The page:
Sunday, July 07, 2013

Evelyn

Growing up, I often studied our extended family in my efforts to understand just where my parents were coming from. It didn't help much. My mother's family, in particular, were an enigma to me. They were all so very different.

One summer, I spent a week living with my Grandmother and her sister (they lived together, two little old ladies keeping each other company in their twilight years.) My Great Aunt Evelyn, Aunt Evie for short, was a source of endless fascination. She wouldn't go anywhere without her cardigan - a light-weight, white affair that was hand-crocheted. It didn't matter if it was hotter than Hades outside. She would furrow her brow and say, "Well, there might be air conditioning!"

If we had to be anywhere on a schedule, we made sure to leave well in advance. Aunt Evie would need loads of extra time to scan the apartment to make sure we didn't "forget" anything. She would check the stove, pressing the off button for each burner 4 times while muttering, "Off. Off. Off. Off. OK. Off. Off. Off. Off. Good." Then she would go from room to room to be sure the lamps were all turned off. Finally, there was the locks on their front door. The deadbolt on top and the lock in the knob down below...the lower lock done first before the door was closed, again 4 times to be sure. Then the deadbolt was turned, with a key, four times to be absolutely sure it was secured. Sometimes we would all be piled on the elevator (they lived on an upper floor of their senior apartment building) and Aunt Evie would exit suddenly to try the door knob one last time.

I've always wondered if she experienced a stove fire, or some kind of electrical mishap with a lamp, or a break-in; but I never had the nerve to ask. And yes, I realized years later that she exhibited classic symptoms of OCD. She was still fascinating to me.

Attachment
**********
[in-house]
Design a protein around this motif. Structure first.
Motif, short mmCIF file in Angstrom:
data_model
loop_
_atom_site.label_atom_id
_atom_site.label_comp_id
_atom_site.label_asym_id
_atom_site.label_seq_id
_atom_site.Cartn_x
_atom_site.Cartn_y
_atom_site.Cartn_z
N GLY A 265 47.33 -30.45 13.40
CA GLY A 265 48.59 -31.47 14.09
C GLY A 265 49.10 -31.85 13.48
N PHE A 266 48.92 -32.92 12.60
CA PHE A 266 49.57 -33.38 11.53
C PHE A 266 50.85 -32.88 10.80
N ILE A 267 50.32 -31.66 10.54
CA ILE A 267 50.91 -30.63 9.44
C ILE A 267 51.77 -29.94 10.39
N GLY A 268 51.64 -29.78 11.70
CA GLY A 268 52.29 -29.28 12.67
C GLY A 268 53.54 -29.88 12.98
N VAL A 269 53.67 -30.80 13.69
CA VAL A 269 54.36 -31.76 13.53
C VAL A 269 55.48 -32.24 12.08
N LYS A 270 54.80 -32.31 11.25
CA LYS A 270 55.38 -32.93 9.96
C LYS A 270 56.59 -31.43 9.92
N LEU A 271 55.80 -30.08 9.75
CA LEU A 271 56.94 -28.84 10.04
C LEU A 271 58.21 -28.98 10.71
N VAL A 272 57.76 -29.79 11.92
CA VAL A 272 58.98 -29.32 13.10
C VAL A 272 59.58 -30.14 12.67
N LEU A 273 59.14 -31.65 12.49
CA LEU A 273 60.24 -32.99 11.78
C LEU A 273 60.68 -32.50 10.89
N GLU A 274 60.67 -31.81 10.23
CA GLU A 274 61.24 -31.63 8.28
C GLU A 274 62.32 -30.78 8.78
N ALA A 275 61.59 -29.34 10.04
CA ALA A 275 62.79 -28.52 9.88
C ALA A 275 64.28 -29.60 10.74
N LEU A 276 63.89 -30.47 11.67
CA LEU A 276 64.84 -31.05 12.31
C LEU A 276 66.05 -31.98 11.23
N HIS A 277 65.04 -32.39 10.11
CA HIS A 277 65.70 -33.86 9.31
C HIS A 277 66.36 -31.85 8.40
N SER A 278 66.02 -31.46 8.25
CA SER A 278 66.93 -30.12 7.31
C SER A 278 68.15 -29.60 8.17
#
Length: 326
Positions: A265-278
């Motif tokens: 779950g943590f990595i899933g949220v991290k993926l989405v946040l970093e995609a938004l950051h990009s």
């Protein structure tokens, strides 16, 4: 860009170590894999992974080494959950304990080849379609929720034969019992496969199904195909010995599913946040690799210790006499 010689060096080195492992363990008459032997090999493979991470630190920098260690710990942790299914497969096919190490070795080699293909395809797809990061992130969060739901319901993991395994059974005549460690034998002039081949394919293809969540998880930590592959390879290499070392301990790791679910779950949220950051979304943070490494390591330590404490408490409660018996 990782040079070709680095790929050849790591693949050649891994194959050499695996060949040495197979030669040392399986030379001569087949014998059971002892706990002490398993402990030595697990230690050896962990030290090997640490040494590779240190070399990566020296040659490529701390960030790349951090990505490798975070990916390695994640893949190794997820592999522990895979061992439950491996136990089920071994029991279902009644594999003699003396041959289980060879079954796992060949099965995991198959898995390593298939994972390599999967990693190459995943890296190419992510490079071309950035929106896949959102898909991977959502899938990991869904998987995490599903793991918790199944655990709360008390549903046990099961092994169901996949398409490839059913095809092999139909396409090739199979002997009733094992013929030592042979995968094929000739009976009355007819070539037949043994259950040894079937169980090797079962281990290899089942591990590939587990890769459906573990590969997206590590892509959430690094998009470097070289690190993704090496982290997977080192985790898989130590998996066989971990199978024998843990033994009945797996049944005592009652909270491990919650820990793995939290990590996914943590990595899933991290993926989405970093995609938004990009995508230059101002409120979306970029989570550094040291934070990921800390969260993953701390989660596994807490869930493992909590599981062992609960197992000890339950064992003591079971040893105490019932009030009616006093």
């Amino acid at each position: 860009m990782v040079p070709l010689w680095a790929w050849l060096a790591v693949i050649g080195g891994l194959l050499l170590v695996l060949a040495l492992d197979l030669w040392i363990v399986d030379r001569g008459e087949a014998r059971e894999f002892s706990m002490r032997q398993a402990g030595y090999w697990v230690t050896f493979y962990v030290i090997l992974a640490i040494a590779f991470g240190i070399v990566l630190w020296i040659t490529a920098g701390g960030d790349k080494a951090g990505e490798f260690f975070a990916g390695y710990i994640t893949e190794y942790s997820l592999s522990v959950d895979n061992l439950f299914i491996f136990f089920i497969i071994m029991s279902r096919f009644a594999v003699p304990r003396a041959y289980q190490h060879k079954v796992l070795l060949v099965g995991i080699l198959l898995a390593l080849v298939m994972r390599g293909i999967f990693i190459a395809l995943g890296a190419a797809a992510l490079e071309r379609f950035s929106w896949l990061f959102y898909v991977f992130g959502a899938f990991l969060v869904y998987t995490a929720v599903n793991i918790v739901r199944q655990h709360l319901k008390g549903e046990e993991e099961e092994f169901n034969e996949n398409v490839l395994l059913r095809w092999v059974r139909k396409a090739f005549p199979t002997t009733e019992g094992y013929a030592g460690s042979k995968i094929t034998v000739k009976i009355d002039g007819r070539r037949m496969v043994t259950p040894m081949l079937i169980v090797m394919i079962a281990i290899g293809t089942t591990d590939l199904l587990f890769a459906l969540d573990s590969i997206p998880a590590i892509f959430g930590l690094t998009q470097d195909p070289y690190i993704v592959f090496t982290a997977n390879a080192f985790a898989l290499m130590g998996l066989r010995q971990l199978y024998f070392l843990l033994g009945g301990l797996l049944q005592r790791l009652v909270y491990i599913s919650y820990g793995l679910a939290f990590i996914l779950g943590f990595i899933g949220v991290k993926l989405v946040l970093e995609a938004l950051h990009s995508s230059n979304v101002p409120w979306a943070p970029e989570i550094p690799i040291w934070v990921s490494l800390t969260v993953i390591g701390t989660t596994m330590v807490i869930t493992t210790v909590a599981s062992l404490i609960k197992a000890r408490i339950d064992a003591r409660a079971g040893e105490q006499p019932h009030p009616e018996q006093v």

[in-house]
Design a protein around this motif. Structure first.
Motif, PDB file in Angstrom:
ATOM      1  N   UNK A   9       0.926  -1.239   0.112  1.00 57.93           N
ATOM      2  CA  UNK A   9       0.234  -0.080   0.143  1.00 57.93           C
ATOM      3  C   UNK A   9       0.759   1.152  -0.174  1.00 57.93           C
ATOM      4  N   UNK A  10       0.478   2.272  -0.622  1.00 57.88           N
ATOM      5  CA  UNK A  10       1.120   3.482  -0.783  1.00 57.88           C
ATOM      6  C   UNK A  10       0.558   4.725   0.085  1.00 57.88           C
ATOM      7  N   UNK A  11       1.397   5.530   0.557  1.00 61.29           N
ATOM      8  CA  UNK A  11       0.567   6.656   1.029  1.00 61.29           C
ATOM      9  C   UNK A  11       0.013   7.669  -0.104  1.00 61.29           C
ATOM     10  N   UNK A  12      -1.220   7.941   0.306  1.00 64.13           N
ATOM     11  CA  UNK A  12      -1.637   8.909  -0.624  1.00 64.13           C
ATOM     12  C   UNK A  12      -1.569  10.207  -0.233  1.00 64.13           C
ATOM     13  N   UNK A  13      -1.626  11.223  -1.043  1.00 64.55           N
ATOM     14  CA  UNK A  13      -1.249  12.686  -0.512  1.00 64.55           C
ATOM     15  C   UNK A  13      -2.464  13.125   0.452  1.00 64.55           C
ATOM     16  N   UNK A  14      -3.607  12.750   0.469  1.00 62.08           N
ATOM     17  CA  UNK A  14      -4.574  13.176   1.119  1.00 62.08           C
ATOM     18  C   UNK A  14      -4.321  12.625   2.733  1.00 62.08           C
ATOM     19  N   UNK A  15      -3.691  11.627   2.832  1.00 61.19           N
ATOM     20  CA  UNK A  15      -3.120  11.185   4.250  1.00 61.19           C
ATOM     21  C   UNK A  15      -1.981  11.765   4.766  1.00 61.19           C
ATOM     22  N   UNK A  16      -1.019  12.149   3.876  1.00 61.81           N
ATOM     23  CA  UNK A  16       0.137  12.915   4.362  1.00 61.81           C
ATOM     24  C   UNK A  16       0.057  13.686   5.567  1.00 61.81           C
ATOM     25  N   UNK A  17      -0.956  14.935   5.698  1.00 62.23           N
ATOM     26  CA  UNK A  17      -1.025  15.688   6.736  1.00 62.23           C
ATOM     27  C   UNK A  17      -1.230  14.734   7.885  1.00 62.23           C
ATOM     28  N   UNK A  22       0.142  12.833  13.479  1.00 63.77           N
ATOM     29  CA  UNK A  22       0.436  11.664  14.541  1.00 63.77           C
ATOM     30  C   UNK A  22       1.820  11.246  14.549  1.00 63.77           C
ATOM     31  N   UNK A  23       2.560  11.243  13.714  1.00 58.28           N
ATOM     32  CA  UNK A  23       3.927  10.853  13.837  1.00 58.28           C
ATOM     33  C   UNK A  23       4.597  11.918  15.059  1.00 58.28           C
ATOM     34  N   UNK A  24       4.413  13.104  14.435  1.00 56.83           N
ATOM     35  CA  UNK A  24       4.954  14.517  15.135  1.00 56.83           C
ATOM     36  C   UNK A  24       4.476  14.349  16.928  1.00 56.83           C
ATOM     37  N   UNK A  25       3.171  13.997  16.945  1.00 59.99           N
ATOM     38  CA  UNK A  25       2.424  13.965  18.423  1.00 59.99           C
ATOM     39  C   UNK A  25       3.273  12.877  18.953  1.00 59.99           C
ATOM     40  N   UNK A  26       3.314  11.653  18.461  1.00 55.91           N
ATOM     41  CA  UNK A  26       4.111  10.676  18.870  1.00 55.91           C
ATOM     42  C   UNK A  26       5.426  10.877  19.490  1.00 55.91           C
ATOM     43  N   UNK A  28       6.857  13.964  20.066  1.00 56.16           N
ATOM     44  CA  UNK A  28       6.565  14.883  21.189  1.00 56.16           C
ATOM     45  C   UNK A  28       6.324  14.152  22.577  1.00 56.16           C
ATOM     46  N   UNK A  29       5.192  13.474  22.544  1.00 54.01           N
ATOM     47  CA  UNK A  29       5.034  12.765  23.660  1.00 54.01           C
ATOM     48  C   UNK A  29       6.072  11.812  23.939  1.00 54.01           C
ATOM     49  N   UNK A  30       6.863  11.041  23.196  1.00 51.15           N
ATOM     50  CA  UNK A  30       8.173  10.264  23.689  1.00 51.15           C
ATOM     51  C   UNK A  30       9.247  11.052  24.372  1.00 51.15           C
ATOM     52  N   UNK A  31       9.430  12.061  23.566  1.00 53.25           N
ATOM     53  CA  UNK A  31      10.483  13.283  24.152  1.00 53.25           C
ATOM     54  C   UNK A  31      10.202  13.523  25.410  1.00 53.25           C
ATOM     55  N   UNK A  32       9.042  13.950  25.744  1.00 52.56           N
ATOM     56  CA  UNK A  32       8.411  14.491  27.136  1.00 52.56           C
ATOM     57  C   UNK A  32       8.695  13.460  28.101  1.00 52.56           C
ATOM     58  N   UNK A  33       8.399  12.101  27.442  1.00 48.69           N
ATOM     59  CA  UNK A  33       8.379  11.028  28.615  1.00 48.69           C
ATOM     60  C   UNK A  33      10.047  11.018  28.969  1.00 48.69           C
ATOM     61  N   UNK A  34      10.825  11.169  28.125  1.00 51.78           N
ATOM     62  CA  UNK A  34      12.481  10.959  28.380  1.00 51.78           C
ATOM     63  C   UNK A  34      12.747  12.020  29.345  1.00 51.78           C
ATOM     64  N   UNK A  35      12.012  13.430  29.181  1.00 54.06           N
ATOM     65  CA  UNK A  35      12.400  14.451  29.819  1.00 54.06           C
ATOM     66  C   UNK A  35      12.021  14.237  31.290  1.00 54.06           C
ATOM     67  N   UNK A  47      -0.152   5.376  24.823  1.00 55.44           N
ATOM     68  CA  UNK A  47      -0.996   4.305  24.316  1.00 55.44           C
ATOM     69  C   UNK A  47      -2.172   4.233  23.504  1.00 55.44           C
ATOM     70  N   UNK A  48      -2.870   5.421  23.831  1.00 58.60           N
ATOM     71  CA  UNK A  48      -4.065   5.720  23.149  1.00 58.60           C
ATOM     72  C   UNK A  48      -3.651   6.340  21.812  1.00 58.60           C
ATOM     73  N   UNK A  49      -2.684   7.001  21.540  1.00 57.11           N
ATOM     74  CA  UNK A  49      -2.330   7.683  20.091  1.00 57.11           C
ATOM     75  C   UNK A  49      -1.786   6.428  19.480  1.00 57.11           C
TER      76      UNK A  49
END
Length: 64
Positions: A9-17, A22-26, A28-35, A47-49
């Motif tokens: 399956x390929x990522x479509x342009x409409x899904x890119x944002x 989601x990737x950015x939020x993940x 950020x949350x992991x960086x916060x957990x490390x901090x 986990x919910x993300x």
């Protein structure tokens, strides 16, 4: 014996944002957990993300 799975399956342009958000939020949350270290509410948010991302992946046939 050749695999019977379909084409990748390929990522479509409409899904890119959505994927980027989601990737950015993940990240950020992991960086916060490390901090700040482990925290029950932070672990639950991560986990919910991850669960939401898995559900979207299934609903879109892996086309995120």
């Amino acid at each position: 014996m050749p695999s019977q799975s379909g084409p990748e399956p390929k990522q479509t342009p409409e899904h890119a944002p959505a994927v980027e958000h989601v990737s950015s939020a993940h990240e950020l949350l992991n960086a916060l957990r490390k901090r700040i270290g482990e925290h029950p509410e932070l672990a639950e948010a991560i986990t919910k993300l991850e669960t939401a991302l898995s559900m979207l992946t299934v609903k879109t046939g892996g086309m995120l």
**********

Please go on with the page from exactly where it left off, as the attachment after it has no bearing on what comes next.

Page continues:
I guess I should give a little background about Evie. Family lore and stories I remember from over the years told me that she was very smart. Back in a time where it was unusual for women to receive advanced education, she won a full scholarship to study Math at university. She was engaged for many, many years to a very nice man but he eventually grew tired of waiting for her to set a wedding date and broke things off. Evie was very attached to her parents; especially her mother. My great-grandmother apparently did everything for her, like Evie was a helpless and hopeless child, well into Evie's adulthood.

Evie lived at home until her mother died (her father had passed some years earlier.) My grandmother took her sister in after their mother died and took on all of the responsibility for her sister's care and feeding, so to speak. Evie didn't even know how to do her own laundry. The math scholar! I got the impression that she was one of those super smart people who, at the same time, seemed to lack common sense. Book smart but not street smart.

Evie had a few different jobs, but I remember my mother saying she worked as an accountant for a department store for many years. She contributed to my mom's childhood household by helping to support and raise my mother, her sister and brother. Mom was especially close to her aunt. Aunt Evie spoiled her rotten, buying her clothes and trinkets when Evelyn's more practical sister had said no to my mother's rather expensive tastes. Mom painted a tragic portrait of a lonely spinster, spending her nights alone, chain smoking in her attic bedroom - reading or listening to the radio.

And so things remained. After the kids had grown and started families of their own, my grandfather passed away, leaving Evie and my Grandmother with only each other for company. Grandma and great aunt Evie...for my entire childhood they were a pair. I remember when they sold their duplex (my aunt and her family had lived downstairs and Grandma and Evie lived upstairs for many years.) They moved into the senior apartment complex in downtown Troy, NY.  Since neither of these sweet old ladies drove, it made things easier on them. Almost everything was within walking distance or a short cab ride.